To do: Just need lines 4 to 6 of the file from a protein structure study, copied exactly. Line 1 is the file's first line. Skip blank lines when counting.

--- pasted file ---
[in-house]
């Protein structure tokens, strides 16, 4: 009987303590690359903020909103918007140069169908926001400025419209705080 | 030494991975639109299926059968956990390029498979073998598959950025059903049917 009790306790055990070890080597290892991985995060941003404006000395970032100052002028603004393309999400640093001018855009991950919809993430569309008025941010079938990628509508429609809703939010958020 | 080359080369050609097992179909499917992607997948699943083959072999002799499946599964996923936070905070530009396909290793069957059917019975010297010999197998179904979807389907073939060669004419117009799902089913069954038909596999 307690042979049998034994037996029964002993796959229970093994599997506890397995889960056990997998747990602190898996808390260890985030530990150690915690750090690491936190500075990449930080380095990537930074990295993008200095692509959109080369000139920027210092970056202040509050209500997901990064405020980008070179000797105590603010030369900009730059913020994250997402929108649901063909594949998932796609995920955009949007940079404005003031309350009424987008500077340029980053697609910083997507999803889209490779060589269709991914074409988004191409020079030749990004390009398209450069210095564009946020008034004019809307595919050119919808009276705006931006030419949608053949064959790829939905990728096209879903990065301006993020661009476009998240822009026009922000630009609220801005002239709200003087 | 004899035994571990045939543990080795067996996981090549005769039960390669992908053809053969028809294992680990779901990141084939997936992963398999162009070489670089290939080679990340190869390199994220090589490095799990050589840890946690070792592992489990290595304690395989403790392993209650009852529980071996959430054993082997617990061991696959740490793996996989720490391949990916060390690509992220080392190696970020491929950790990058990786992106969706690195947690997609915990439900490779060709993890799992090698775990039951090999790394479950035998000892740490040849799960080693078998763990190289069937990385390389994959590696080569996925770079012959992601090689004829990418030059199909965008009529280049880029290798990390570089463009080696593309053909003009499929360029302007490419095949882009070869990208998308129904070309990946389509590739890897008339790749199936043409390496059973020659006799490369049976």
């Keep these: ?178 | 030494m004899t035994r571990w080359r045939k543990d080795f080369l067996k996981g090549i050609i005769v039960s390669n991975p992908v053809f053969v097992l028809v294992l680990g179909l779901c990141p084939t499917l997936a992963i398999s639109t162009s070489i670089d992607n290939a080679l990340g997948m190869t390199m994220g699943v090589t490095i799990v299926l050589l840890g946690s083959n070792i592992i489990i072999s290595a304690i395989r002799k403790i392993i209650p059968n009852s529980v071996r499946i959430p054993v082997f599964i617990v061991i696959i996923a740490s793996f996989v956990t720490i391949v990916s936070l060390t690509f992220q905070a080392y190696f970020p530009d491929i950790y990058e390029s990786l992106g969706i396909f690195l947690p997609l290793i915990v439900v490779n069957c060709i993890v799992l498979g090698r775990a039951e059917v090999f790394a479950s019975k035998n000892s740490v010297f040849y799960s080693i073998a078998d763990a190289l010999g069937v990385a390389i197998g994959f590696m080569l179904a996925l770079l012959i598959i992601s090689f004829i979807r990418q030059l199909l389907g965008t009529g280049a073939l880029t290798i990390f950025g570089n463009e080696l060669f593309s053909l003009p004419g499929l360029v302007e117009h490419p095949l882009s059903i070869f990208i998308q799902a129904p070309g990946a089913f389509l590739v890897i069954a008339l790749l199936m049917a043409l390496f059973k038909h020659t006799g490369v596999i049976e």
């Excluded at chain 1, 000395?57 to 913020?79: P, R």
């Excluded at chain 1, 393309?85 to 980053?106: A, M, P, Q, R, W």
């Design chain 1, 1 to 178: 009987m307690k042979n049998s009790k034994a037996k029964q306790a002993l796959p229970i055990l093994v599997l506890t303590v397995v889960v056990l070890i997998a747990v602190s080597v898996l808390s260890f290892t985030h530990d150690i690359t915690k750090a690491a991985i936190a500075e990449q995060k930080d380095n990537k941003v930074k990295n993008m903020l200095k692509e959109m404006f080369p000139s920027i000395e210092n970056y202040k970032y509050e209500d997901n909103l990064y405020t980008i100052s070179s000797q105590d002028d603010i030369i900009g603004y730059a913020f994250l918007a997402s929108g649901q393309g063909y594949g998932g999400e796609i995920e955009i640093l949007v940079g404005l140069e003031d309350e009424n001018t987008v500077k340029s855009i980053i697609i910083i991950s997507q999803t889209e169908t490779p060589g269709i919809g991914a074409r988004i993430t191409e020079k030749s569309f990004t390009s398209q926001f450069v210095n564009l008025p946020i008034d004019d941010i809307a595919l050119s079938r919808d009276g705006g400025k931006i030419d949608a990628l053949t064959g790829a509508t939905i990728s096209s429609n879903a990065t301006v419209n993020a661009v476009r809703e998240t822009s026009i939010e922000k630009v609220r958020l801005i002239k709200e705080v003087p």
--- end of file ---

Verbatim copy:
């Excluded at chain 1, 000395?57 to 913020?79: P, R």
């Excluded at chain 1, 393309?85 to 980053?106: A, M, P, Q, R, W």
């Design chain 1, 1 to 178: 009987m307690k042979n049998s009790k034994a037996k029964q306790a002993l796959p229970i055990l093994v599997l506890t303590v397995v889960v056990l070890i997998a747990v602190s080597v898996l808390s260890f290892t985030h530990d150690i690359t915690k750090a690491a991985i936190a500075e990449q995060k930080d380095n990537k941003v930074k990295n993008m903020l200095k692509e959109m404006f080369p000139s920027i000395e210092n970056y202040k970032y509050e209500d997901n909103l990064y405020t980008i100052s070179s000797q105590d002028d603010i030369i900009g603004y730059a913020f994250l918007a997402s929108g649901q393309g063909y594949g998932g999400e796609i995920e955009i640093l949007v940079g404005l140069e003031d309350e009424n001018t987008v500077k340029s855009i980053i697609i910083i991950s997507q999803t889209e169908t490779p060589g269709i919809g991914a074409r988004i993430t191409e020079k030749s569309f990004t390009s398209q926001f450069v210095n564009l008025p946020i008034d004019d941010i809307a595919l050119s079938r919808d009276g705006g400025k931006i030419d949608a990628l053949t064959g790829a509508t939905i990728s096209s429609n879903a990065t301006v419209n993020a661009v476009r809703e998240t822009s026009i939010e922000k630009v609220r958020l801005i002239k709200e705080v003087p």